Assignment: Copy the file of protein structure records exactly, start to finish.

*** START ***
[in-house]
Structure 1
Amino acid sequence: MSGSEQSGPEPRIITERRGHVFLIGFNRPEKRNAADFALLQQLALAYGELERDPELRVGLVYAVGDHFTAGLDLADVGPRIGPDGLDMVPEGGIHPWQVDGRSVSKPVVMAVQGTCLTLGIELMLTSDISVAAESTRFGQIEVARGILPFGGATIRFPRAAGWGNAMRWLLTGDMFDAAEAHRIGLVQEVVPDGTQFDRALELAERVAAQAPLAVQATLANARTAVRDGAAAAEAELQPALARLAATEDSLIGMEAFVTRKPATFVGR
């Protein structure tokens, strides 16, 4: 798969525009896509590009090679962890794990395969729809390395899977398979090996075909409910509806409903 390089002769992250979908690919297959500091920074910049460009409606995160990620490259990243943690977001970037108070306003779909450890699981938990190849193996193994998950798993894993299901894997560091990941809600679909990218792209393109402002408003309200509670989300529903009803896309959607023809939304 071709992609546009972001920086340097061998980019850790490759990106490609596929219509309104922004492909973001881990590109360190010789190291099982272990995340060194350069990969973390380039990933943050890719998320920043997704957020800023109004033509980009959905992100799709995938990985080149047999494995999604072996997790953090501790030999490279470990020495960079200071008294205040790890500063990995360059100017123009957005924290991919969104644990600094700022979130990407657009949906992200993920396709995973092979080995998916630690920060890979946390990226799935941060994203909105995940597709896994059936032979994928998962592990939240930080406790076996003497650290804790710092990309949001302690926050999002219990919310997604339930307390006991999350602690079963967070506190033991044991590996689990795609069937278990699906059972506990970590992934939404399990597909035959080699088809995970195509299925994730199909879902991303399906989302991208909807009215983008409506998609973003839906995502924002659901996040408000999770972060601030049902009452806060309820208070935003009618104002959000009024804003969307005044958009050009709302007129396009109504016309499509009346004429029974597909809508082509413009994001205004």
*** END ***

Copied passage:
[in-house]
Structure 1
Amino acid sequence: MSGSEQSGPEPRIITERRGHVFLIGFNRPEKRNAADFALLQQLALAYGELERDPELRVGLVYAVGDHFTAGLDLADVGPRIGPDGLDMVPEGGIHPWQVDGRSVSKPVVMAVQGTCLTLGIELMLTSDISVAAESTRFGQIEVARGILPFGGATIRFPRAAGWGNAMRWLLTGDMFDAAEAHRIGLVQEVVPDGTQFDRALELAERVAAQAPLAVQATLANARTAVRDGAAAAEAELQPALARLAATEDSLIGMEAFVTRKPATFVGR
């Protein structure tokens, strides 16, 4: 798969525009896509590009090679962890794990395969729809390395899977398979090996075909409910509806409903 390089002769992250979908690919297959500091920074910049460009409606995160990620490259990243943690977001970037108070306003779909450890699981938990190849193996193994998950798993894993299901894997560091990941809600679909990218792209393109402002408003309200509670989300529903009803896309959607023809939304 071709992609546009972001920086340097061998980019850790490759990106490609596929219509309104922004492909973001881990590109360190010789190291099982272990995340060194350069990969973390380039990933943050890719998320920043997704957020800023109004033509980009959905992100799709995938990985080149047999494995999604072996997790953090501790030999490279470990020495960079200071008294205040790890500063990995360059100017123009957005924290991919969104644990600094700022979130990407657009949906992200993920396709995973092979080995998916630690920060890979946390990226799935941060994203909105995940597709896994059936032979994928998962592990939240930080406790076996003497650290804790710092990309949001302690926050999002219990919310997604339930307390006991999350602690079963967070506190033991044991590996689990795609069937278990699906059972506990970590992934939404399990597909035959080699088809995970195509299925994730199909879902991303399906989302991208909807009215983008409506998609973003839906995502924002659901996040408000999770972060601030049902009452806060309820208070935003009618104002959000009024804003969307005044958009050009709302007129396009109504016309499509009346004429029974597909809508082509413009994001205004």